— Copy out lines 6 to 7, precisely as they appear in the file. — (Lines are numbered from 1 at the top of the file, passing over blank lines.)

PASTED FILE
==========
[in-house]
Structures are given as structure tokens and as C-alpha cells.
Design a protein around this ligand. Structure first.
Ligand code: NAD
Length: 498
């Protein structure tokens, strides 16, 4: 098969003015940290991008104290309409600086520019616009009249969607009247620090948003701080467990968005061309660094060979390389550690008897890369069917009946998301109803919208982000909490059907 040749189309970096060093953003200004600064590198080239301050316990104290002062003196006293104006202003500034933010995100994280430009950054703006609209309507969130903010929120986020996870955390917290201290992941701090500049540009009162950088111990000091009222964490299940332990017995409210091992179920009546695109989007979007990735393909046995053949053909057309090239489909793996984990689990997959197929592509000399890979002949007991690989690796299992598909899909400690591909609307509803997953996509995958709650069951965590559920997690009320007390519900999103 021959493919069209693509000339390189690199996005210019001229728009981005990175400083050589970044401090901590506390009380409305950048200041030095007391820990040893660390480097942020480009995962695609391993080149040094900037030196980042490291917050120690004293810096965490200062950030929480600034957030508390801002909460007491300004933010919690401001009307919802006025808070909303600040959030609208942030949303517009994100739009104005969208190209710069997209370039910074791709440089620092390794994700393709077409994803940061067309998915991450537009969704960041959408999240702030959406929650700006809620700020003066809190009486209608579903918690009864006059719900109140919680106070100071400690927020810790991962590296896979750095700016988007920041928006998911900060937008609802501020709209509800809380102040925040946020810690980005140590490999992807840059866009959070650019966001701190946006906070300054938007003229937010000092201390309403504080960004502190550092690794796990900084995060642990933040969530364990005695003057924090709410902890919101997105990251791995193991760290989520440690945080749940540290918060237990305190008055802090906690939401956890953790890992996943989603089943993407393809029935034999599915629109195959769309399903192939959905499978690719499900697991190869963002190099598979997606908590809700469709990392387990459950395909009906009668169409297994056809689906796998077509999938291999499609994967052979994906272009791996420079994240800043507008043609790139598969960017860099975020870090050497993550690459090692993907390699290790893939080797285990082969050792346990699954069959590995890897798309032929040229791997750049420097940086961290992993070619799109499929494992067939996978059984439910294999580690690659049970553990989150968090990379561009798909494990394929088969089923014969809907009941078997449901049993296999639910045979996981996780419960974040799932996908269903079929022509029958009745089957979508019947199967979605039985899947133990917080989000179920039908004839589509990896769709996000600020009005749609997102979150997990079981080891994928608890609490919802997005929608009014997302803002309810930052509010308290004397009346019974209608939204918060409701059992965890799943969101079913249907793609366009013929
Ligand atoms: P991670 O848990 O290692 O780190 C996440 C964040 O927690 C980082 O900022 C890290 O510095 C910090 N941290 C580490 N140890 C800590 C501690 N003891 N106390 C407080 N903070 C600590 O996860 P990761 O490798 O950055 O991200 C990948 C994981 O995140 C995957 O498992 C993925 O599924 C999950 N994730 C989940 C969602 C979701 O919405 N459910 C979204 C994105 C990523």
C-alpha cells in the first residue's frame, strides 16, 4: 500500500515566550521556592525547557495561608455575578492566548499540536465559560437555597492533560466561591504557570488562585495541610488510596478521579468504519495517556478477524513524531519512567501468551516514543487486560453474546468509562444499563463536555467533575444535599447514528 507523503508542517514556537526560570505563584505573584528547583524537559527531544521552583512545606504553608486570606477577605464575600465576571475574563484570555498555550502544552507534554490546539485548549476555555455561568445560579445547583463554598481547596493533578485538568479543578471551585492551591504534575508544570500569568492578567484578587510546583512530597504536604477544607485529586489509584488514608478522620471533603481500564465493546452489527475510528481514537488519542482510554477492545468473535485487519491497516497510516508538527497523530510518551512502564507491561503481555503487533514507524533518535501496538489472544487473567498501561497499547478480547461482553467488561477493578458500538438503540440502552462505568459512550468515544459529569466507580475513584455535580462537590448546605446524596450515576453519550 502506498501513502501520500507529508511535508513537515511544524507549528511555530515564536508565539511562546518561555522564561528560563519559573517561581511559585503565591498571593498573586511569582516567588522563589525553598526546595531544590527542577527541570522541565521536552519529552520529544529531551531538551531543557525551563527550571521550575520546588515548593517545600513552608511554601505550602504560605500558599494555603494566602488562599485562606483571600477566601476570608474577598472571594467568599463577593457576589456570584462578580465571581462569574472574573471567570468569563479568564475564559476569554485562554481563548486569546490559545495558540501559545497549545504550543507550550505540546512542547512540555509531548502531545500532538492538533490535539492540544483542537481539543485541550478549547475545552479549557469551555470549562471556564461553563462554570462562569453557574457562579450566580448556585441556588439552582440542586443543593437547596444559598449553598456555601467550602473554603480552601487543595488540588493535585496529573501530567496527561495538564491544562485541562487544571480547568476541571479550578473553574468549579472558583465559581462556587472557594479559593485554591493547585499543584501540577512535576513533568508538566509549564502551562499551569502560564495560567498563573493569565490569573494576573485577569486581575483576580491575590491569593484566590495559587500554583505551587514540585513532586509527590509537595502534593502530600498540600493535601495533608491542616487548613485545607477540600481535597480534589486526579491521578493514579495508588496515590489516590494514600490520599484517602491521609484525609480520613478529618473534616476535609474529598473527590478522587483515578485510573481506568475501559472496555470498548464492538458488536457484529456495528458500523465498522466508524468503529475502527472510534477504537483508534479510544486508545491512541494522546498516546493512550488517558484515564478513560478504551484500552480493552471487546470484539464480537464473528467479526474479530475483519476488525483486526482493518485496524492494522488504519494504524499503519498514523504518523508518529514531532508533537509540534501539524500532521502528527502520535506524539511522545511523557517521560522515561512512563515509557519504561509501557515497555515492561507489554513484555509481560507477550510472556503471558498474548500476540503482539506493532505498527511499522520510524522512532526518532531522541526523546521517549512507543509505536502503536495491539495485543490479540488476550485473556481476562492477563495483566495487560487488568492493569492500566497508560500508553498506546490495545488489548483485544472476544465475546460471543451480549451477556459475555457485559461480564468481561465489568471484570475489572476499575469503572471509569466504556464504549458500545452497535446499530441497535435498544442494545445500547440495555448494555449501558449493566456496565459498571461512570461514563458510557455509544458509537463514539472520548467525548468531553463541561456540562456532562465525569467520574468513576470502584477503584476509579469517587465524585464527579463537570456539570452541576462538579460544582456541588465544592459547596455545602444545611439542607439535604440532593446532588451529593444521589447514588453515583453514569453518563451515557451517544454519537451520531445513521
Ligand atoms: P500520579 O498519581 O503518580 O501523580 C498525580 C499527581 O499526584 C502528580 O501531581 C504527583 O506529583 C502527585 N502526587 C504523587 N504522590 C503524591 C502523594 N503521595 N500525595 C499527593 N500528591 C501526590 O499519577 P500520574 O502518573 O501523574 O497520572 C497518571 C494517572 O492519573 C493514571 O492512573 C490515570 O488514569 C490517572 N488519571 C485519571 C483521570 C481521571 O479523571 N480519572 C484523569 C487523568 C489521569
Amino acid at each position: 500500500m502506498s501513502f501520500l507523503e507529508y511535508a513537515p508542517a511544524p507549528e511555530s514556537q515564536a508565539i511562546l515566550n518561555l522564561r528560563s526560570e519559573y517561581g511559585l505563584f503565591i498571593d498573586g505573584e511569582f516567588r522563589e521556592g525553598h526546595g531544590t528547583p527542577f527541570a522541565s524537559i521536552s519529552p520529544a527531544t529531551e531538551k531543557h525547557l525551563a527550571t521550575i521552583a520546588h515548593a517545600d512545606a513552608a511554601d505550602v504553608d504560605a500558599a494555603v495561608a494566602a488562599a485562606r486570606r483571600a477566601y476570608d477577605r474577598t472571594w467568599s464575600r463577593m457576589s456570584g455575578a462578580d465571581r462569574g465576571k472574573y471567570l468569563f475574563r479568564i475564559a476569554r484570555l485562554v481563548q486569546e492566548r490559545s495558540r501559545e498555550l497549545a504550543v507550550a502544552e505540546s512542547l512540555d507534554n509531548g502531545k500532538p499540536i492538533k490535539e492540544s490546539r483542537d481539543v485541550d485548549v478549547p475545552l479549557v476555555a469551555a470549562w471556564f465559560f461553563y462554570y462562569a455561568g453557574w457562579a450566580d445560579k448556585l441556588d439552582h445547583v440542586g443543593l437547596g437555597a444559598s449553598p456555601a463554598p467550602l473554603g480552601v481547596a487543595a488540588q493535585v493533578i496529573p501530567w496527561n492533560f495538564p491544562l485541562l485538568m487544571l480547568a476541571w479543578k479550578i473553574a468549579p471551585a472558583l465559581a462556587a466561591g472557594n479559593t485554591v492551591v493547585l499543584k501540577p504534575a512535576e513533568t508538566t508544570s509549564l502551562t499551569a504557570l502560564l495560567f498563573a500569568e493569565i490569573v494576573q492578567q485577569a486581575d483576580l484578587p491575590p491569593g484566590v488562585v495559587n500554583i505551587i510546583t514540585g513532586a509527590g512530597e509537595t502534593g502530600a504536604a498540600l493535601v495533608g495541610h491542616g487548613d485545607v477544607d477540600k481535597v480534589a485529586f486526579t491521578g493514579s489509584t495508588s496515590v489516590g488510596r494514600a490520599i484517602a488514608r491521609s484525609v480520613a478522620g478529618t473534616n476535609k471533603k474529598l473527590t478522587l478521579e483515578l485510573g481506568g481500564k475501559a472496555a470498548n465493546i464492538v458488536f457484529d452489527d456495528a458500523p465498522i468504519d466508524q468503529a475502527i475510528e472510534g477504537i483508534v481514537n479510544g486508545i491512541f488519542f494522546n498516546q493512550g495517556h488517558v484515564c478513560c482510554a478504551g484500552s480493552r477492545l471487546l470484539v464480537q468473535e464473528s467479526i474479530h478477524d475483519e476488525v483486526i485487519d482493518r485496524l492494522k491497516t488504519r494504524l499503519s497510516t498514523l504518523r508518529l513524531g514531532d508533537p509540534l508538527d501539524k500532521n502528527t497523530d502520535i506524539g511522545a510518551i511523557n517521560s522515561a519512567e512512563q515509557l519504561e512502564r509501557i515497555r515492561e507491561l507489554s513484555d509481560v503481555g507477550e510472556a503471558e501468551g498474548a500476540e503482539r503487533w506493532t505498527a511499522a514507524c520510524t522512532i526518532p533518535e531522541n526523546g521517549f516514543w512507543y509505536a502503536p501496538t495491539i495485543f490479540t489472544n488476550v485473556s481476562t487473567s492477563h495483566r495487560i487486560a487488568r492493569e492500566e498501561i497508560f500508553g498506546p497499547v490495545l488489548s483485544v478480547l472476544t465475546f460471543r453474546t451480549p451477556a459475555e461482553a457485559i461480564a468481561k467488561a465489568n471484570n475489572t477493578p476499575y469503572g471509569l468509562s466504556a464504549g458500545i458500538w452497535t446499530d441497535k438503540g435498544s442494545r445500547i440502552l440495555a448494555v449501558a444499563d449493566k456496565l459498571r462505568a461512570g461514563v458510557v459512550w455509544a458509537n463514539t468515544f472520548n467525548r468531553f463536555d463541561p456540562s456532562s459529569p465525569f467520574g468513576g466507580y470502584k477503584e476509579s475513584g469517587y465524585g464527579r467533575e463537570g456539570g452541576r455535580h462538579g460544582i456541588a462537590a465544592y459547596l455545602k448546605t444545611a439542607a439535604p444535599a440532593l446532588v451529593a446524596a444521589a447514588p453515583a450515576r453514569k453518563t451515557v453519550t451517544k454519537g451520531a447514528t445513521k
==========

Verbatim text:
């Protein structure tokens, strides 16, 4: 098969003015940290991008104290309409600086520019616009009249969607009247620090948003701080467990968005061309660094060979390389550690008897890369069917009946998301109803919208982000909490059907 040749189309970096060093953003200004600064590198080239301050316990104290002062003196006293104006202003500034933010995100994280430009950054703006609209309507969130903010929120986020996870955390917290201290992941701090500049540009009162950088111990000091009222964490299940332990017995409210091992179920009546695109989007979007990735393909046995053949053909057309090239489909793996984990689990997959197929592509000399890979002949007991690989690796299992598909899909400690591909609307509803997953996509995958709650069951965590559920997690009320007390519900999103 021959493919069209693509000339390189690199996005210019001229728009981005990175400083050589970044401090901590506390009380409305950048200041030095007391820990040893660390480097942020480009995962695609391993080149040094900037030196980042490291917050120690004293810096965490200062950030929480600034957030508390801002909460007491300004933010919690401001009307919802006025808070909303600040959030609208942030949303517009994100739009104005969208190209710069997209370039910074791709440089620092390794994700393709077409994803940061067309998915991450537009969704960041959408999240702030959406929650700006809620700020003066809190009486209608579903918690009864006059719900109140919680106070100071400690927020810790991962590296896979750095700016988007920041928006998911900060937008609802501020709209509800809380102040925040946020810690980005140590490999992807840059866009959070650019966001701190946006906070300054938007003229937010000092201390309403504080960004502190550092690794796990900084995060642990933040969530364990005695003057924090709410902890919101997105990251791995193991760290989520440690945080749940540290918060237990305190008055802090906690939401956890953790890992996943989603089943993407393809029935034999599915629109195959769309399903192939959905499978690719499900697991190869963002190099598979997606908590809700469709990392387990459950395909009906009668169409297994056809689906796998077509999938291999499609994967052979994906272009791996420079994240800043507008043609790139598969960017860099975020870090050497993550690459090692993907390699290790893939080797285990082969050792346990699954069959590995890897798309032929040229791997750049420097940086961290992993070619799109499929494992067939996978059984439910294999580690690659049970553990989150968090990379561009798909494990394929088969089923014969809907009941078997449901049993296999639910045979996981996780419960974040799932996908269903079929022509029958009745089957979508019947199967979605039985899947133990917080989000179920039908004839589509990896769709996000600020009005749609997102979150997990079981080891994928608890609490919802997005929608009014997302803002309810930052509010308290004397009346019974209608939204918060409701059992965890799943969101079913249907793609366009013929
Ligand atoms: P991670 O848990 O290692 O780190 C996440 C964040 O927690 C980082 O900022 C890290 O510095 C910090 N941290 C580490 N140890 C800590 C501690 N003891 N106390 C407080 N903070 C600590 O996860 P990761 O490798 O950055 O991200 C990948 C994981 O995140 C995957 O498992 C993925 O599924 C999950 N994730 C989940 C969602 C979701 O919405 N459910 C979204 C994105 C990523």